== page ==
*Sometimes the muse does not give me a complete poem, but just a single line or two. When I write about love- that most over-explored of subjects- it's hard not to sink into cliches. But perhaps among the dross you'll find a nugget or two.
When I was a young and foolish man, I set out without experience or training on a long solo bicycle trip north from Huntsville to Timmins- a distance of about 700 kilometres. I borrowed my brother's mountain bike and packed it with a small tent and sleeping bag, camping stove and clothes. After the first day I stopped to buy a couple other necessities: most importantly, extra padding for the seat.
It was a grueling, punishing experience the first few days, but I've never gotten so fit so fast in my life. In Sudbury, after about 4 days of travel, I stopped at Science North. They had a huge satellite photo of the area north of Sudbury, where I was headed. Where there were houses, roads and people was lightly coloured- but the area I was going through was a vast dark area- only a single, thinly traced highway ran through it. You sort-of had to squint to see it. I was reminded of Conrad's story about the "Heart of Darkness". It sent a chill down my spine. At last- true wilderness!
I camped at Halfway Lake, a small provincial park north of Sudbury. I was the only one at the campsite, on a small pond. A beaver swam by and gazed at me curiously, his little nose poking up above the water. I guess he figured I wasn't much of a threat, because he swam away without slapping his tail. The next day I set off early, with my first water break at a sign which read "No service station for 90km." Now in a car, that's nothing- less than an hour's drive, at highway speeds. But on a bicycle, that's a hard day's slogging- especially as it was more uphill than down, as I approached the height of land dividing the Arctic and Great Lakes watersheds.
However, as I soon found out, what the sign should have said was "No ANYTHING for 90km." No houses, no sideroads (excluding logging roads), no sign of human life whatsoever, except for the highway itself, a long line of telephone poles, and the occasional vehicle whizzing by. Just lots and lots of trees, some lakes and rivers, and solitude.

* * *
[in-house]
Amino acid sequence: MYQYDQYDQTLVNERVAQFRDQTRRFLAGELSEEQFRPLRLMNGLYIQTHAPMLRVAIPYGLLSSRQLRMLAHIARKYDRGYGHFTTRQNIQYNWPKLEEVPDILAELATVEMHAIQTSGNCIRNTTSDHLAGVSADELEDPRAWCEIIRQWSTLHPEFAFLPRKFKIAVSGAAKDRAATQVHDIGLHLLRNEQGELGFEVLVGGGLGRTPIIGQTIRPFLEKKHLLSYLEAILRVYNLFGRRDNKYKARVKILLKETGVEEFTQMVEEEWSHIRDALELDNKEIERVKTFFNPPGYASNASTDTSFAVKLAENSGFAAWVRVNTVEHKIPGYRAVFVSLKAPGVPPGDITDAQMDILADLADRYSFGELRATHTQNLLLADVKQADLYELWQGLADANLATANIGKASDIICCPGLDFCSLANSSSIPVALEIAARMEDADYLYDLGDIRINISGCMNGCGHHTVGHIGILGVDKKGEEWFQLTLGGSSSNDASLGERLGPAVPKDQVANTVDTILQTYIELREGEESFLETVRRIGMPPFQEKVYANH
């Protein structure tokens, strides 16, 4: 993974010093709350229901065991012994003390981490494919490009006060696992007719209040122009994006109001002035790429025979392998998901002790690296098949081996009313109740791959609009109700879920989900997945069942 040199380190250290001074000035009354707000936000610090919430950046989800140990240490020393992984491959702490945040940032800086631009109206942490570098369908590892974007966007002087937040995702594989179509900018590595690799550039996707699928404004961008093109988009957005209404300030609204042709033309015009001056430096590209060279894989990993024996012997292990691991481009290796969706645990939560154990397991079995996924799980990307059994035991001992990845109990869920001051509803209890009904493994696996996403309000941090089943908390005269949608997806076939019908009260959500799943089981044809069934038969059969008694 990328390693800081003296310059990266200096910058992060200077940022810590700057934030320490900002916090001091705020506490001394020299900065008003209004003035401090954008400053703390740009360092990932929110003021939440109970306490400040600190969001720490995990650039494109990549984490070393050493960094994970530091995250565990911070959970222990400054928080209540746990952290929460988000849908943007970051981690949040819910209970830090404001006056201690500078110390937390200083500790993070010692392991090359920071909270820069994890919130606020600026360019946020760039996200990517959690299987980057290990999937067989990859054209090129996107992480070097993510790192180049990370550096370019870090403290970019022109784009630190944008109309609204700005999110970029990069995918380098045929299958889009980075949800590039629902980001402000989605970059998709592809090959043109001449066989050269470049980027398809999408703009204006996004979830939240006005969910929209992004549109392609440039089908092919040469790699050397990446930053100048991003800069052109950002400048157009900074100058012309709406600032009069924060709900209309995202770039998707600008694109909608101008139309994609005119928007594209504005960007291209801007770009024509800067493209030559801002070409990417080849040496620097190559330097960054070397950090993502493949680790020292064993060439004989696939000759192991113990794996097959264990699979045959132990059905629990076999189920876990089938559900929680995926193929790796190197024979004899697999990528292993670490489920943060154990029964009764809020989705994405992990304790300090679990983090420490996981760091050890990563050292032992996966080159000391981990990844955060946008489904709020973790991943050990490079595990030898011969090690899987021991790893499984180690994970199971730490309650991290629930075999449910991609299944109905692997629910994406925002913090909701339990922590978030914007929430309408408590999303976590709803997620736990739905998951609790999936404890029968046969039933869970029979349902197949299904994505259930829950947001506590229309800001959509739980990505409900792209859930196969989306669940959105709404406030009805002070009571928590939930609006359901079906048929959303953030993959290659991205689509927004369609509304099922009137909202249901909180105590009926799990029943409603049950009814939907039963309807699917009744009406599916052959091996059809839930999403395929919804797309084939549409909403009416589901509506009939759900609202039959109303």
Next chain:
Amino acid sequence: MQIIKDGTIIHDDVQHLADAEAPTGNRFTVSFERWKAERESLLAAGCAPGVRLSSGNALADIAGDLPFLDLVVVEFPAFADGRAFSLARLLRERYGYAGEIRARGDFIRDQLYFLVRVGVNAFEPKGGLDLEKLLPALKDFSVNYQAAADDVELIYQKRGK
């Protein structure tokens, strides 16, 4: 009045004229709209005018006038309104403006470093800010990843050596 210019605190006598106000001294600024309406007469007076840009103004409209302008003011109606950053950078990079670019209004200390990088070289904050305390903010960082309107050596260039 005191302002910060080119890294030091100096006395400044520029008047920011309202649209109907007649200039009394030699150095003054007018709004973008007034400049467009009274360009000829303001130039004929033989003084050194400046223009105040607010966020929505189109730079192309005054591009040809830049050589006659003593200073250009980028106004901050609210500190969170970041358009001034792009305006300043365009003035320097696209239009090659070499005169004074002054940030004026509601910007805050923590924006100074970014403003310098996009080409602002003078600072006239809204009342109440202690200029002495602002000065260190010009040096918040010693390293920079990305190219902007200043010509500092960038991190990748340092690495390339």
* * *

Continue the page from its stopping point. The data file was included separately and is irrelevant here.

Pedaling my way to the top of a kilometre-long hill I looked ahead, and back, and saw only a distant truck, speeding away. I looked away from the highway, in either direction, and saw hill after hill to the far horizon, covered in forest. A lake over to the left, a day's hike away. It was a land without the footprints of man. I stared entranced for I don't know how long, turning in a slow circle, my bike abandoned. Then I first heard, then saw, a tiny car approaching. And I reluctantly got back on my bicycle, tucked my head low, and pedalled down the hill, toward the height of land.
It's surprising how quickly the extraordinary becomes commonplace. When I first arrived in China, I walked around thinking in awe: "I'm in China! I'm actually living in China!" But before long the daily routine and challenges of my job drove that thought out of my mind, and when I did think "I'm living in China!" it was with surprise that I'd actually forgotten. As the novelty wore off, the petty annoyances of living in a foreign culture where I was constantly the centre of attention, where I couldn't get my favourite foods, and I couldn't communicate, made me almost wish I hadn't come.
But then, walking out of a school building where I'd been talking to students, one cold winter night, I suddenly looked up and saw big wet snowflakes drifting down. The snow frosted the trees, the ground, and the bridge across the frozen river. Grey old Taiyuan was- if only briefly- beautiful! As the snowflakes melted on my cheeks and hands, I thought "Snow in China!" And all the wonder of my first day there returned.